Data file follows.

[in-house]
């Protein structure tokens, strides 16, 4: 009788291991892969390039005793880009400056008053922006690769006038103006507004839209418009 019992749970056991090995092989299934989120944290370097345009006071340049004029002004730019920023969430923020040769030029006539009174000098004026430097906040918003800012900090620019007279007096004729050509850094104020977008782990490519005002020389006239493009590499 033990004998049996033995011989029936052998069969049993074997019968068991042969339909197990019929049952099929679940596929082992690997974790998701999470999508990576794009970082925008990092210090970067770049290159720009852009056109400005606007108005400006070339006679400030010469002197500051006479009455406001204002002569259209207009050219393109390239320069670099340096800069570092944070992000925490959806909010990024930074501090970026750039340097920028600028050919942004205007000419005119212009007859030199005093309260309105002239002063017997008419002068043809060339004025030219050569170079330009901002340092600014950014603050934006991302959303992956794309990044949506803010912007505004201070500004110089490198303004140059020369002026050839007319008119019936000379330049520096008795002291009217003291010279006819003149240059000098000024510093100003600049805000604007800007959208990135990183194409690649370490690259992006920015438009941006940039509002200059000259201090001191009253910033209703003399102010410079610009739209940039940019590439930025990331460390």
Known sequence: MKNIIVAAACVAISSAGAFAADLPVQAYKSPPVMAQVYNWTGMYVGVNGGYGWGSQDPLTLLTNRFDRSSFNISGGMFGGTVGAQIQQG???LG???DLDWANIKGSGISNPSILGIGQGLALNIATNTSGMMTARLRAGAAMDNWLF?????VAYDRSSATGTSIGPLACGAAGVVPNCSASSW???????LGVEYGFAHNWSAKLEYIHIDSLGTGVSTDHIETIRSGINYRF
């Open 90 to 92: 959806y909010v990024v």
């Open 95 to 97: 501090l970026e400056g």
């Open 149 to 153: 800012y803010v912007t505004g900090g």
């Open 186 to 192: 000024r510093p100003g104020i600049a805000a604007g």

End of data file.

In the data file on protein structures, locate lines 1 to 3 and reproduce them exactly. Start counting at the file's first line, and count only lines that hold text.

[in-house]
């Protein structure tokens, strides 16, 4: 009788291991892969390039005793880009400056008053922006690769006038103006507004839209418009 019992749970056991090995092989299934989120944290370097345009006071340049004029002004730019920023969430923020040769030029006539009174000098004026430097906040918003800012900090620019007279007096004729050509850094104020977008782990490519005002020389006239493009590499 033990004998049996033995011989029936052998069969049993074997019968068991042969339909197990019929049952099929679940596929082992690997974790998701999470999508990576794009970082925008990092210090970067770049290159720009852009056109400005606007108005400006070339006679400030010469002197500051006479009455406001204002002569259209207009050219393109390239320069670099340096800069570092944070992000925490959806909010990024930074501090970026750039340097920028600028050919942004205007000419005119212009007859030199005093309260309105002239002063017997008419002068043809060339004025030219050569170079330009901002340092600014950014603050934006991302959303992956794309990044949506803010912007505004201070500004110089490198303004140059020369002026050839007319008119019936000379330049520096008795002291009217003291010279006819003149240059000098000024510093100003600049805000604007800007959208990135990183194409690649370490690259992006920015438009941006940039509002200059000259201090001191009253910033209703003399102010410079610009739209940039940019590439930025990331460390």
Known sequence: MKNIIVAAACVAISSAGAFAADLPVQAYKSPPVMAQVYNWTGMYVGVNGGYGWGSQDPLTLLTNRFDRSSFNISGGMFGGTVGAQIQQG???LG???DLDWANIKGSGISNPSILGIGQGLALNIATNTSGMMTARLRAGAAMDNWLF?????VAYDRSSATGTSIGPLACGAAGVVPNCSASSW???????LGVEYGFAHNWSAKLEYIHIDSLGTGVSTDHIETIRSGINYRF